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Thursday, October 29, 2009

entertainment industry coach question 242: I'm thinking about sending business postcards (In addition to phone calls) as a follow up to a resume.

The question continued: Is this a good idea? If so, are there things I should keep in mind when doing so?

The person who asked this is an editor. Many actors have postcards, (their headshot photo) that they send when they have announcements or to stay in touch.

Postcards are one way to stay in touch with people. They are a more costly way. I say that because you have to pay to have them printed and mailed. Many people's follow-strategy is email, which is free. That said, emails aren't always opened and postcards are usually seen. You have to decide if the investment is worth it.

Two things I want to address:
1. Why the follow up postcard after sending the resume and making the phone call? Is this a "cold-call" resume sending/call/postcard? If it's cold resume, the postcards are just as cold. The only difference is that after a resume and a phone call, the postcard would be the 3rd contact from you. Still, you know my feelings about putting a large percent of your "work" into pursuing cold leads. I'd rather see you strategically go after 10 jobs than pursue 100 jobs cold. You'll have better results.

2. What to put on a postcard? The same contact info you'd have on a business card and resume and then you have more freedom with the image. Perhaps, something that is unique to you and what you do, something personal (a cute picture of "you" in an edit bay with "your dog"), or a beautiful image that they would put up to look at. My allergist's postcard, to remind me it's time to come in, is a picture of a desert island with a palm tree and a clear blue ocean surrounding it. I have this postcard up in various locations and think of him, and my clear sinuses, every time I see it.

For more tips and articles by top entertainment industry career coach, The Greenlight Coach, visit

entertainment industry coach question 243: When calling my network, what do I ask these people I may have only met once at an event?

Ask for anything but work! If you just met them once at a networking event, they don't know you well enough to hire you yet. There is always the chance though, that you'll catch them on a day when they are looking to hire, so ask a question that shows you're looking for work, without actually putting them on the spot. For example:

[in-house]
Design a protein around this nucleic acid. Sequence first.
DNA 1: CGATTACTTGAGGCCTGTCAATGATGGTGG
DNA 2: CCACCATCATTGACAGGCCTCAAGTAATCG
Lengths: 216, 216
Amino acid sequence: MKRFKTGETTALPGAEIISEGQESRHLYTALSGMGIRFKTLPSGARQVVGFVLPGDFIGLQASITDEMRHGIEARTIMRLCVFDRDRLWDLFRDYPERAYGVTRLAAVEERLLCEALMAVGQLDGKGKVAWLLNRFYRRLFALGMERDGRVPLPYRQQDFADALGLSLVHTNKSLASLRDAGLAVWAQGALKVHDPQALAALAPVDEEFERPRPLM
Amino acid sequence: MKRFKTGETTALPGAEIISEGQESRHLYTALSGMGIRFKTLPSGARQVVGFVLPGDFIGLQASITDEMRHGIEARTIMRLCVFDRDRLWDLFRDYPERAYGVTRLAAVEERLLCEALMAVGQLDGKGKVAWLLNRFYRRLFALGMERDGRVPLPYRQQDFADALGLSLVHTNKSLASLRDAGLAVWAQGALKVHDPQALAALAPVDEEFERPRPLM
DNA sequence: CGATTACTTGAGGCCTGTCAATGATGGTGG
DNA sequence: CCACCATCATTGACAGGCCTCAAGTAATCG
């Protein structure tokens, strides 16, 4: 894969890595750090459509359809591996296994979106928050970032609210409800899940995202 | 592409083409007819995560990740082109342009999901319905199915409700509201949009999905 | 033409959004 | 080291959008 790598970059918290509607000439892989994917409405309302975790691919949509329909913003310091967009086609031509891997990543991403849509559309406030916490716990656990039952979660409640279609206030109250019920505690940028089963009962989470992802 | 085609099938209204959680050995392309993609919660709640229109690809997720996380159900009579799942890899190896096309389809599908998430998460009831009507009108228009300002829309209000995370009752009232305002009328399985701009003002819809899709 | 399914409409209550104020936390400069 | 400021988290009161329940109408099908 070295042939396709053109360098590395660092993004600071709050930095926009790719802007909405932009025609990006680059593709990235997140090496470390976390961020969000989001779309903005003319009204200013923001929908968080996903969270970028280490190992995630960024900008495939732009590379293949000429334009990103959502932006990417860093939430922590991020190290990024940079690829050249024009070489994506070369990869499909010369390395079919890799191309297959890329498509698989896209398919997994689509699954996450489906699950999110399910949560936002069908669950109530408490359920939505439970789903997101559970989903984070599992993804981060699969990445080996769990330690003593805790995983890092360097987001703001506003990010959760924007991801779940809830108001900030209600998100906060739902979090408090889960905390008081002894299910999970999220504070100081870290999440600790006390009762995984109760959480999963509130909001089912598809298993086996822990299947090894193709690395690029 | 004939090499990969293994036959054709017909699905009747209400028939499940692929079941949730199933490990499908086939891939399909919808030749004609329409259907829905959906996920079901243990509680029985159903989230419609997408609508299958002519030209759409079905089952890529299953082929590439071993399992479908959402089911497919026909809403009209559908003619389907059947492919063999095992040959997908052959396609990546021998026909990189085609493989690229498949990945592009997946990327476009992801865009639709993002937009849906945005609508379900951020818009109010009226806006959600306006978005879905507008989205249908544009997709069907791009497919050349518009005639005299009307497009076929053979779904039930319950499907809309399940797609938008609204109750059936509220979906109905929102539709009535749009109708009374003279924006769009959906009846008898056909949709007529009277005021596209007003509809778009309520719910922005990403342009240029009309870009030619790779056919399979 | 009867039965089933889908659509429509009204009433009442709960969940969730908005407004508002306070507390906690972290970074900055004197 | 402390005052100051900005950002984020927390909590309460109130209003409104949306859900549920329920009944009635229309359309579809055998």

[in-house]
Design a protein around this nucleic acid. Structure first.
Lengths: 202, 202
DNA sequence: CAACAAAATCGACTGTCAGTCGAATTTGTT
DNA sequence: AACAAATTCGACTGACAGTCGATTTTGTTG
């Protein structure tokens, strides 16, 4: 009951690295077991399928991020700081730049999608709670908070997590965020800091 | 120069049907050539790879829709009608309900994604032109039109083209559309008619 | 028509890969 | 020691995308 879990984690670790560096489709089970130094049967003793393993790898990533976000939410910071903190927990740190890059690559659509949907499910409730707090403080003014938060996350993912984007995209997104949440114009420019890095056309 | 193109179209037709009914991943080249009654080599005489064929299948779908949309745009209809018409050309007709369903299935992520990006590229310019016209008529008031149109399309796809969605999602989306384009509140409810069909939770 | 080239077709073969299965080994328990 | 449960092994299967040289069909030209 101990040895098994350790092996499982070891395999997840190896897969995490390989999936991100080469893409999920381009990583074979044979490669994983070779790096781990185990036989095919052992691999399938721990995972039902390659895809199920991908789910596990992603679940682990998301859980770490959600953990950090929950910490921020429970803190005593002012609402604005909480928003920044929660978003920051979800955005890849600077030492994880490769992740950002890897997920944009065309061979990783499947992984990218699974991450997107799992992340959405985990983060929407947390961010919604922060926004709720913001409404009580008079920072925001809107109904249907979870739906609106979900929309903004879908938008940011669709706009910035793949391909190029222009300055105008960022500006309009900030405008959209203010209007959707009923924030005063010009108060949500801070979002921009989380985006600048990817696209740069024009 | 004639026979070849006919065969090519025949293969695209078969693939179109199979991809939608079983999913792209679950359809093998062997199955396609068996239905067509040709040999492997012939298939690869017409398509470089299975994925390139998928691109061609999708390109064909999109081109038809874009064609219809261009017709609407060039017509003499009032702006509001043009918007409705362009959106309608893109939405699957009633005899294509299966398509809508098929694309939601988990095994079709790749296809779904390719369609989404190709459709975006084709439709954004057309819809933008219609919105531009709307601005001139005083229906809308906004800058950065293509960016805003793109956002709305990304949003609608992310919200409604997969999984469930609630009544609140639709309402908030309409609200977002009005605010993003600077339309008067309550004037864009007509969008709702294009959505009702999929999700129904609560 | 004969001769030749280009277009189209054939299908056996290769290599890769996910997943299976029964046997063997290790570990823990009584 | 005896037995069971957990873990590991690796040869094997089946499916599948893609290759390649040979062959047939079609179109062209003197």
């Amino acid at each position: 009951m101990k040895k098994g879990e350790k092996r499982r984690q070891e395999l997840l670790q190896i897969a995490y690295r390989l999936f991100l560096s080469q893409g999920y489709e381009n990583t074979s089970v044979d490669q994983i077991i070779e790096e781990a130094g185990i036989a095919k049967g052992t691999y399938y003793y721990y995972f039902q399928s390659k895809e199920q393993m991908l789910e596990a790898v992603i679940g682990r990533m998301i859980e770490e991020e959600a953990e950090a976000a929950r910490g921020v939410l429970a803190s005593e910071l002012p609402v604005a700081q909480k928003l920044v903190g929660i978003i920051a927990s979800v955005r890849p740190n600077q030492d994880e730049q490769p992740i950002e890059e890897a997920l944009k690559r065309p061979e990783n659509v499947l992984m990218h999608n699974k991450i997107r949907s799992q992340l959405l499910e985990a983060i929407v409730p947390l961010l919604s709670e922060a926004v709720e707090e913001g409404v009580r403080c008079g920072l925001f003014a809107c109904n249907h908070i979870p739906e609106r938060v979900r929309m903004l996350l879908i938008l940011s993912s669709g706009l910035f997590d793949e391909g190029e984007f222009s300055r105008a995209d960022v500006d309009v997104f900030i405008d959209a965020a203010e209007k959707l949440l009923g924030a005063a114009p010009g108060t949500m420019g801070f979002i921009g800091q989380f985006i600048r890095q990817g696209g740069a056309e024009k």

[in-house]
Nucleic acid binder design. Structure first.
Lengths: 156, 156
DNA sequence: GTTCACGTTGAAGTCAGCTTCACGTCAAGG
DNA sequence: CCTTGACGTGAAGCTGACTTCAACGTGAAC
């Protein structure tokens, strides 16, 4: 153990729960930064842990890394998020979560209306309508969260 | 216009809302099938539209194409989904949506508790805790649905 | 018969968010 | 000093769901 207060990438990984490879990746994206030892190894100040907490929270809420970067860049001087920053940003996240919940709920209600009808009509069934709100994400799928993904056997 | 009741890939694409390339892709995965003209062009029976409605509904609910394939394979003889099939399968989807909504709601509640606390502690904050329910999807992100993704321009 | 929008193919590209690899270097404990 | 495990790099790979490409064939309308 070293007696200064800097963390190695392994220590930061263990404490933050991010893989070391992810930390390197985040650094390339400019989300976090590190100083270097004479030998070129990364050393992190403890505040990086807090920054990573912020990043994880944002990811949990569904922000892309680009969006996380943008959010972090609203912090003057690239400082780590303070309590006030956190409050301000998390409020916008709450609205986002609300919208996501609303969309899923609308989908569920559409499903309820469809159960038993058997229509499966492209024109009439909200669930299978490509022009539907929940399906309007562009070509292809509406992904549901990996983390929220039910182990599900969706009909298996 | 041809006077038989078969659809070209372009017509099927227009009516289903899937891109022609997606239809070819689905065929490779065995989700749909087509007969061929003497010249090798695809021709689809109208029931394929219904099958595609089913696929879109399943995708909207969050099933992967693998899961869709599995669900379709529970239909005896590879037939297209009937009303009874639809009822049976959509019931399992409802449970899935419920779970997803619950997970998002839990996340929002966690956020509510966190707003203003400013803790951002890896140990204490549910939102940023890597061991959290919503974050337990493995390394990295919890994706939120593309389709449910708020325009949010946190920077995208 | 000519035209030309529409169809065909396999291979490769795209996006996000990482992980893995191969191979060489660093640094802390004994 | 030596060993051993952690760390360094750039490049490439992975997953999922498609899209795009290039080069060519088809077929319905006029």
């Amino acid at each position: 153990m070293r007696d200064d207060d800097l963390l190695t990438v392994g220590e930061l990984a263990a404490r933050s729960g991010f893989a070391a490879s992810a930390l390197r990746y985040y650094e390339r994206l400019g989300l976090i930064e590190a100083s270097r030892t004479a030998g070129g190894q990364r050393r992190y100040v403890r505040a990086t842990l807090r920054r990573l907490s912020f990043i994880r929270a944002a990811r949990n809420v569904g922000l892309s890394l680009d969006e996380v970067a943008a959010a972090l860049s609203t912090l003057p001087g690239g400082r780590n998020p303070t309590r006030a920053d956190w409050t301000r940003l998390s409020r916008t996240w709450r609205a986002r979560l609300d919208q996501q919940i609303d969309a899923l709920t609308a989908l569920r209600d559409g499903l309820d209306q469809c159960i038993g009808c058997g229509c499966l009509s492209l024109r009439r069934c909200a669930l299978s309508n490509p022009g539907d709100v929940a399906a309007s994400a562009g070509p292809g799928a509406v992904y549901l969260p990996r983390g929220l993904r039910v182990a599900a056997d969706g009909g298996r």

"I met you at [insert the name of the networking event]. I thought that perhaps you could advise me on other worthwhile organizations that I can join to meet [insert classification(s) of people who hire you] who hire [insert your classification], such as myself."

Now the person knows you're looking for work in your classification, yet you didn't put him/her on the spot. If they are interested they'll offer. If they aren't, at least you've given them something they can say YES to.

For more tips and articles by top entertainment industry career coach, The Greenlight Coach, visit

entertainment industry coach question 241: How often should I call my list?

Call your list as often as you have "new news." Anyone can call and say "I'm available," or "Just checking in," but those types of calls are 1 in sometimes 100 (especially if you're calling someone who is listed as working in a production report).

Your objective is to deepen your relationship with the people on your list. In fact, I'd rather change your question to read: "How do I deepen my relationships with the people I know?"

The reason I did that is because there's a distinction that your mind makes when you refer to a "list" as opposed to referring to "people."

So, how do you deepen your relationships with the people you know? Here are a couple of suggestions:

1. Ask a business advice question that requires a call back to answer (a question regarding an area where you're stuck, or that will help you further your education).

2. Share "new news." This can be job related or personal. People relate to people they share common interests with, so don't be afraid to get personal.

Don't have any interesting personal stuff to report? Sounds like an opportunity to do something exciting, to tell people about!

For more tips and articles by top entertainment industry career coach, The Greenlight Coach, visit